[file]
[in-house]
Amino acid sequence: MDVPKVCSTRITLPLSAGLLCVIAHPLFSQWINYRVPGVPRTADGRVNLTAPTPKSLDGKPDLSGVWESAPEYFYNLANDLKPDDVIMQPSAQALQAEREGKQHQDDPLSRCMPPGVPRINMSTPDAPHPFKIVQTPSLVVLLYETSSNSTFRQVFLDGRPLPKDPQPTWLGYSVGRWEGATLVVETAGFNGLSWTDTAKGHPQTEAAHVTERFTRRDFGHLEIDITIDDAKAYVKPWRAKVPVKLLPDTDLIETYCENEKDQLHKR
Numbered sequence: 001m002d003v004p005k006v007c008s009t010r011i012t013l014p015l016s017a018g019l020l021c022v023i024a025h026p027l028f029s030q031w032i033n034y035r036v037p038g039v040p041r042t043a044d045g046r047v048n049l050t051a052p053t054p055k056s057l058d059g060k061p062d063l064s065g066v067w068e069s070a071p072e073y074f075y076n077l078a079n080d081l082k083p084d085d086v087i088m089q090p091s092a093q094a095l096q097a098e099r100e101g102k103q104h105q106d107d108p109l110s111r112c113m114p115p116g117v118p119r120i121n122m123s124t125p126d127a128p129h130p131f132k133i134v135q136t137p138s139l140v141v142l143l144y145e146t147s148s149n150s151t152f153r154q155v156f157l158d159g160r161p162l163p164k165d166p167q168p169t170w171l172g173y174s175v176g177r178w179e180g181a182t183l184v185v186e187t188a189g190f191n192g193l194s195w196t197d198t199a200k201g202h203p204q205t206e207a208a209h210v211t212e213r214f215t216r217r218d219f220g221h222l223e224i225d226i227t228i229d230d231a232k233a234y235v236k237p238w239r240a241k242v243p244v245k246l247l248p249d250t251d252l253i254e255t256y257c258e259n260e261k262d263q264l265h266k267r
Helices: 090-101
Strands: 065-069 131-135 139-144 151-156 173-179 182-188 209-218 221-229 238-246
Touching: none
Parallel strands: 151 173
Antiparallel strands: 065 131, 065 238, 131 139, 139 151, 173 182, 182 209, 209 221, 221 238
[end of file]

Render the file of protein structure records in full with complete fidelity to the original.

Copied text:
[in-house]
Amino acid sequence: MDVPKVCSTRITLPLSAGLLCVIAHPLFSQWINYRVPGVPRTADGRVNLTAPTPKSLDGKPDLSGVWESAPEYFYNLANDLKPDDVIMQPSAQALQAEREGKQHQDDPLSRCMPPGVPRINMSTPDAPHPFKIVQTPSLVVLLYETSSNSTFRQVFLDGRPLPKDPQPTWLGYSVGRWEGATLVVETAGFNGLSWTDTAKGHPQTEAAHVTERFTRRDFGHLEIDITIDDAKAYVKPWRAKVPVKLLPDTDLIETYCENEKDQLHKR
Numbered sequence: 001m002d003v004p005k006v007c008s009t010r011i012t013l014p015l016s017a018g019l020l021c022v023i024a025h026p027l028f029s030q031w032i033n034y035r036v037p038g039v040p041r042t043a044d045g046r047v048n049l050t051a052p053t054p055k056s057l058d059g060k061p062d063l064s065g066v067w068e069s070a071p072e073y074f075y076n077l078a079n080d081l082k083p084d085d086v087i088m089q090p091s092a093q094a095l096q097a098e099r100e101g102k103q104h105q106d107d108p109l110s111r112c113m114p115p116g117v118p119r120i121n122m123s124t125p126d127a128p129h130p131f132k133i134v135q136t137p138s139l140v141v142l143l144y145e146t147s148s149n150s151t152f153r154q155v156f157l158d159g160r161p162l163p164k165d166p167q168p169t170w171l172g173y174s175v176g177r178w179e180g181a182t183l184v185v186e187t188a189g190f191n192g193l194s195w196t197d198t199a200k201g202h203p204q205t206e207a208a209h210v211t212e213r214f215t216r217r218d219f220g221h222l223e224i225d226i227t228i229d230d231a232k233a234y235v236k237p238w239r240a241k242v243p244v245k246l247l248p249d250t251d252l253i254e255t256y257c258e259n260e261k262d263q264l265h266k267r
Helices: 090-101
Strands: 065-069 131-135 139-144 151-156 173-179 182-188 209-218 221-229 238-246
Touching: none
Parallel strands: 151 173
Antiparallel strands: 065 131, 065 238, 131 139, 139 151, 173 182, 182 209, 209 221, 221 238